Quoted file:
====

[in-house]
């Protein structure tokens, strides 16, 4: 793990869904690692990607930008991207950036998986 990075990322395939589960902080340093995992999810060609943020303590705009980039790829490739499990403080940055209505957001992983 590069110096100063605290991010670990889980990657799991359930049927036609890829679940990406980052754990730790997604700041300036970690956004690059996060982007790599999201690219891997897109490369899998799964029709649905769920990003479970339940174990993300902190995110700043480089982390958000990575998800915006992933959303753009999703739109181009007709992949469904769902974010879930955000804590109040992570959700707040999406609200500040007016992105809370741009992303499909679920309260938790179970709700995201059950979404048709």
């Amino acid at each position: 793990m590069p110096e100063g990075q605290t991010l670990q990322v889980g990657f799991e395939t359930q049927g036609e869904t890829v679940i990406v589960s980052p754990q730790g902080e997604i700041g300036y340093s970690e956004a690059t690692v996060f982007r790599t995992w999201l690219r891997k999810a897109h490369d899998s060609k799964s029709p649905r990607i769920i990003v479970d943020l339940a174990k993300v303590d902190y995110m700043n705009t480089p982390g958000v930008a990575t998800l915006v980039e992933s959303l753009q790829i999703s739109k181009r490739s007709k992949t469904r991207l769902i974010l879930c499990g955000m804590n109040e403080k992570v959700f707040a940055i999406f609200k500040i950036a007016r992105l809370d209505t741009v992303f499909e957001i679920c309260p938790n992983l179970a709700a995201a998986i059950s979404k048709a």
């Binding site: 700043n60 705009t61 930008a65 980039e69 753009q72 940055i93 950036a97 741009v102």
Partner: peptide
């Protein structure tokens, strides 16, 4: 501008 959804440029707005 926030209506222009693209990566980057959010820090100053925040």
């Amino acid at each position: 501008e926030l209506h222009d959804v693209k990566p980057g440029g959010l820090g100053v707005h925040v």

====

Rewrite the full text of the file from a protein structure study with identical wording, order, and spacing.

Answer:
[in-house]
């Protein structure tokens, strides 16, 4: 793990869904690692990607930008991207950036998986 990075990322395939589960902080340093995992999810060609943020303590705009980039790829490739499990403080940055209505957001992983 590069110096100063605290991010670990889980990657799991359930049927036609890829679940990406980052754990730790997604700041300036970690956004690059996060982007790599999201690219891997897109490369899998799964029709649905769920990003479970339940174990993300902190995110700043480089982390958000990575998800915006992933959303753009999703739109181009007709992949469904769902974010879930955000804590109040992570959700707040999406609200500040007016992105809370741009992303499909679920309260938790179970709700995201059950979404048709």
């Amino acid at each position: 793990m590069p110096e100063g990075q605290t991010l670990q990322v889980g990657f799991e395939t359930q049927g036609e869904t890829v679940i990406v589960s980052p754990q730790g902080e997604i700041g300036y340093s970690e956004a690059t690692v996060f982007r790599t995992w999201l690219r891997k999810a897109h490369d899998s060609k799964s029709p649905r990607i769920i990003v479970d943020l339940a174990k993300v303590d902190y995110m700043n705009t480089p982390g958000v930008a990575t998800l915006v980039e992933s959303l753009q790829i999703s739109k181009r490739s007709k992949t469904r991207l769902i974010l879930c499990g955000m804590n109040e403080k992570v959700f707040a940055i999406f609200k500040i950036a007016r992105l809370d209505t741009v992303f499909e957001i679920c309260p938790n992983l179970a709700a995201a998986i059950s979404k048709a």
């Binding site: 700043n60 705009t61 930008a65 980039e69 753009q72 940055i93 950036a97 741009v102």
Partner: peptide
């Protein structure tokens, strides 16, 4: 501008 959804440029707005 926030209506222009693209990566980057959010820090100053925040």
């Amino acid at each position: 501008e926030l209506h222009d959804v693209k990566p980057g440029g959010l820090g100053v707005h925040v």